Sejourne’s work is inspired by the mallet music of Uganda and is accessible to both performers and audiences alike. The piece has lots of polyrhythm and though no one part is extremely hard, concentration is required of each player to make sure that the parts line up correctly. In spite of this polyrhythmic theme, “Akadinda Trio” still grooves!
Publisher link: www.honeyrock.net/ensm-3.htm#akadinda
Players and instrumentation: Eight parts – glockenspiel, chimes, xylophone, 2 vibraphones, 2 marimbas (low A), 4 timpani, 2 bongos, 2 congas, 4 log drums, 4 cowbells, 4 brake drums, temple blocks, 4 concert toms, 3 double-headed toms, concert bass drum, 4 cymbals (splash, china, sizzle, 18” suspended)
I love the sounds and contrast in this work. The instrumentation contains fairly standard “western” percussion instruments found in the typical high school band room. Each player has a pitched instrument and four non-pitched surfaces.
Though the piece is not intentionally programmatic, the title does imply somewhat of an unusual gait to the overall rhythmic structure of the music. It has lots of dynamic contrast as well as timbre possibilities from the ensemble so it’s a great piece to work on these characteristics with your students – traits they need whenever they play. “Crosswalk” has a great energy and drive while maintaining a slight minimalist feeling that helps the contrast really stand out. It’s one that keeps you guessing what comes next.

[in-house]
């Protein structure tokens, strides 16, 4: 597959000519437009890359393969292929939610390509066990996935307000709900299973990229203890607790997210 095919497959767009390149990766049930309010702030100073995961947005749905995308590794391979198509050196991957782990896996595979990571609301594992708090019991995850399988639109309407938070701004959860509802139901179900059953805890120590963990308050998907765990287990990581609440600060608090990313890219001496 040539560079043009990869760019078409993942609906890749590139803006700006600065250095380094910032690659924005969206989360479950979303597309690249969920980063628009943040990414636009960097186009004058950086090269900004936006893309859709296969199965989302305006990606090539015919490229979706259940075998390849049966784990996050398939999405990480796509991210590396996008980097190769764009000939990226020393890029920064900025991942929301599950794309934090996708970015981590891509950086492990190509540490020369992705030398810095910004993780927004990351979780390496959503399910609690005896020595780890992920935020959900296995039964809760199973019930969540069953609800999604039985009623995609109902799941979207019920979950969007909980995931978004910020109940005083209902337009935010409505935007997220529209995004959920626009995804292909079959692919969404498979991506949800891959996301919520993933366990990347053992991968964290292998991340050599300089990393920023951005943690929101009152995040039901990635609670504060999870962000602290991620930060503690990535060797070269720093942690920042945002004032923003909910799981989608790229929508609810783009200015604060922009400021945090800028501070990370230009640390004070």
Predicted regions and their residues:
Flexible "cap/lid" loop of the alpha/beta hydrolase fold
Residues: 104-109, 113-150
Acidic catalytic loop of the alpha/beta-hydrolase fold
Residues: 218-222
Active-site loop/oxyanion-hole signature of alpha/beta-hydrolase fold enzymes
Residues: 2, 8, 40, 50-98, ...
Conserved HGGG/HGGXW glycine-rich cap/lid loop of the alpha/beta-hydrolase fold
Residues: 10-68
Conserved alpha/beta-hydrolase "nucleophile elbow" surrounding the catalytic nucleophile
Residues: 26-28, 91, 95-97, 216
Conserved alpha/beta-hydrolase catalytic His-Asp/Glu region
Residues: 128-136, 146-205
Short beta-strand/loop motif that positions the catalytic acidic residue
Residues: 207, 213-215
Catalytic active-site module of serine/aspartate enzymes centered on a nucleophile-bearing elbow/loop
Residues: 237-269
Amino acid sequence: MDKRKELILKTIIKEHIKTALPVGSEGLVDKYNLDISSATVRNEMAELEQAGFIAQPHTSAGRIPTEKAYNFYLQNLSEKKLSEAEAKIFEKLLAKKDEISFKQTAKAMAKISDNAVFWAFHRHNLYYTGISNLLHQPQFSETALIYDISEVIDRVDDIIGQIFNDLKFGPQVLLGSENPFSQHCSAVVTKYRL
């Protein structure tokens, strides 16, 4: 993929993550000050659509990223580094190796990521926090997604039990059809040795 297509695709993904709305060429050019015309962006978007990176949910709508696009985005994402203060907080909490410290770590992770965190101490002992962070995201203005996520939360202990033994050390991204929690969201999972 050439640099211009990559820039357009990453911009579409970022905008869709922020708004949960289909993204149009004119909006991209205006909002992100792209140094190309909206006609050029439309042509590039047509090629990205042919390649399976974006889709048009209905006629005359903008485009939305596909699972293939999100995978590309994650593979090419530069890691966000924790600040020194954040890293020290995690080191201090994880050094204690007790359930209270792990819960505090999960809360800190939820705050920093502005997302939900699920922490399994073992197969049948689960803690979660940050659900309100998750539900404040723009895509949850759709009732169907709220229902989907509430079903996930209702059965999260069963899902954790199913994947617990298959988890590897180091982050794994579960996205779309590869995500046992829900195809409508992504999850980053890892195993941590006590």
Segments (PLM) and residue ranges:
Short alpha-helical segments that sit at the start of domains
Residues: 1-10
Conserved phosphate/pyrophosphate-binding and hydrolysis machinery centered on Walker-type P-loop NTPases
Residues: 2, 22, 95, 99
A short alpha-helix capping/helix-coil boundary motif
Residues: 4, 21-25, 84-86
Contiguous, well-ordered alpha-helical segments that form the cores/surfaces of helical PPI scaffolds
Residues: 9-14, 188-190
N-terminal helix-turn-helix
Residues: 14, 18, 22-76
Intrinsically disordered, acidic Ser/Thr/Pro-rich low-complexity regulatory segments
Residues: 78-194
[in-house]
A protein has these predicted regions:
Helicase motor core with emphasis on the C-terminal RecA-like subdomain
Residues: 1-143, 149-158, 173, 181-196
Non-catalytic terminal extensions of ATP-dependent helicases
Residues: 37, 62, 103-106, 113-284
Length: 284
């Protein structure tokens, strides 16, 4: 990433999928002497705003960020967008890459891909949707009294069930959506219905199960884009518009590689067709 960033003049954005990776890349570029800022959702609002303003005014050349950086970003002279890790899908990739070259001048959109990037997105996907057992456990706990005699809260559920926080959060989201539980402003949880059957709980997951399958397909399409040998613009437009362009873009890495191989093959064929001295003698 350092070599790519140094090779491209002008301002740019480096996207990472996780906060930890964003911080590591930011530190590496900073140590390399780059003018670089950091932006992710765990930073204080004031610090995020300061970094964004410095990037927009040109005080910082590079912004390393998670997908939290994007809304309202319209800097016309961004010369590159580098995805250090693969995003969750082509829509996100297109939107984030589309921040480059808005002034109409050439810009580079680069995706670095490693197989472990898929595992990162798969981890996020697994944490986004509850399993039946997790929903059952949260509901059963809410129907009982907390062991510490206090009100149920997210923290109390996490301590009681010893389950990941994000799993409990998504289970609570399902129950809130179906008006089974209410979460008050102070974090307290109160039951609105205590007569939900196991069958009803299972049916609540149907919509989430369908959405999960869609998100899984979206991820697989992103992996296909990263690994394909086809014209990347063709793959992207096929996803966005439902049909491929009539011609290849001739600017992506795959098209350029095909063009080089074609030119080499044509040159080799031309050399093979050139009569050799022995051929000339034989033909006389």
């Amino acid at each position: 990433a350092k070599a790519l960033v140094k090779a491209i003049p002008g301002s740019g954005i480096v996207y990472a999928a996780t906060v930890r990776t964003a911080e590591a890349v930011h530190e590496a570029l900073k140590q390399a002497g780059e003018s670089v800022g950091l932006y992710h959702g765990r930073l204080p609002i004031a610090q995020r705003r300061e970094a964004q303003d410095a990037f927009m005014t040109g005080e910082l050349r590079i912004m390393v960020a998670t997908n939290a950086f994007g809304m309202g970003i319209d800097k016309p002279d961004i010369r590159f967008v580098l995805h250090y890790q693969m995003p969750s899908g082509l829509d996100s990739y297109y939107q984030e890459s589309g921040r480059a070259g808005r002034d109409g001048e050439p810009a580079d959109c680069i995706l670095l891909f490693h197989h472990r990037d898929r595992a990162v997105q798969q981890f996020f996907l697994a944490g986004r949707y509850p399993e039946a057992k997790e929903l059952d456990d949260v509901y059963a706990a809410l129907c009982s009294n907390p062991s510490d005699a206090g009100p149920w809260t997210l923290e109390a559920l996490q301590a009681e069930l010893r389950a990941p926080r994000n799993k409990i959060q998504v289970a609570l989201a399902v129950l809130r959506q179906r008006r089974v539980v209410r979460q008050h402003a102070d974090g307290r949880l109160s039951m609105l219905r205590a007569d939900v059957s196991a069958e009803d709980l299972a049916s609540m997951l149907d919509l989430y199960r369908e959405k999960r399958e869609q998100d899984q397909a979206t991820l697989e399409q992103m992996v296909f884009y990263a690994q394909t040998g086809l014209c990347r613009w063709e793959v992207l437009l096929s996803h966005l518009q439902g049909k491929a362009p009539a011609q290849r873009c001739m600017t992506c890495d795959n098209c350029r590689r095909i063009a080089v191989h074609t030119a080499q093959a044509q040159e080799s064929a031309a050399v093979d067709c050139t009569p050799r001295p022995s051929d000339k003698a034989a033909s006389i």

Publisher link: www.tapspace.com/Crosswalk-pr-149.html
Bela Fleck/arr. David Steinquest
Players and instrumentation: Six parts: xylophone, 2 marimbas (3 players), vibraphone, bass guitar
Steinquest’s mallet ensemble arrangement of Bela Fleck’s piece is exciting, up tempo, and engaging to listen to. Each part has it’s own challenges and the addition of the bass guitar fills out the ensemble nicely.
Not only will each performer need to intricately learn his or her part, but the piece really comes together when all the parts work together with good timing, balance, and blend. Smooth phrasing is the key and that’s always a paramount challenge for us percussionists, so this piece will not only be great to play but it will enhance your students’ abilities to make music.
Publisher link: www.rowloff.com/search/description.html?item=97CS11
This list represents a starting point to see what’s available in the ever-growing world of percussion ensemble literature. Please continue to explore and see what might fit your needs for repertoire; you never know what you might find!
Dr. Jeffery Crowell is an associate professor of Music and coordinator of the Wind and Percussion Division at the University of Wisconsin-Eau Claire, where he is the director of Percussion Studies, as well part of the award-winning Jazz Studies area. He is active throughout the United States as a performer, clinician, adjudicator, and educator with recent performances in South Africa, Argentina, Uruguay, and at the John F. Kennedy Center for the Performing Arts in Washington, D.C.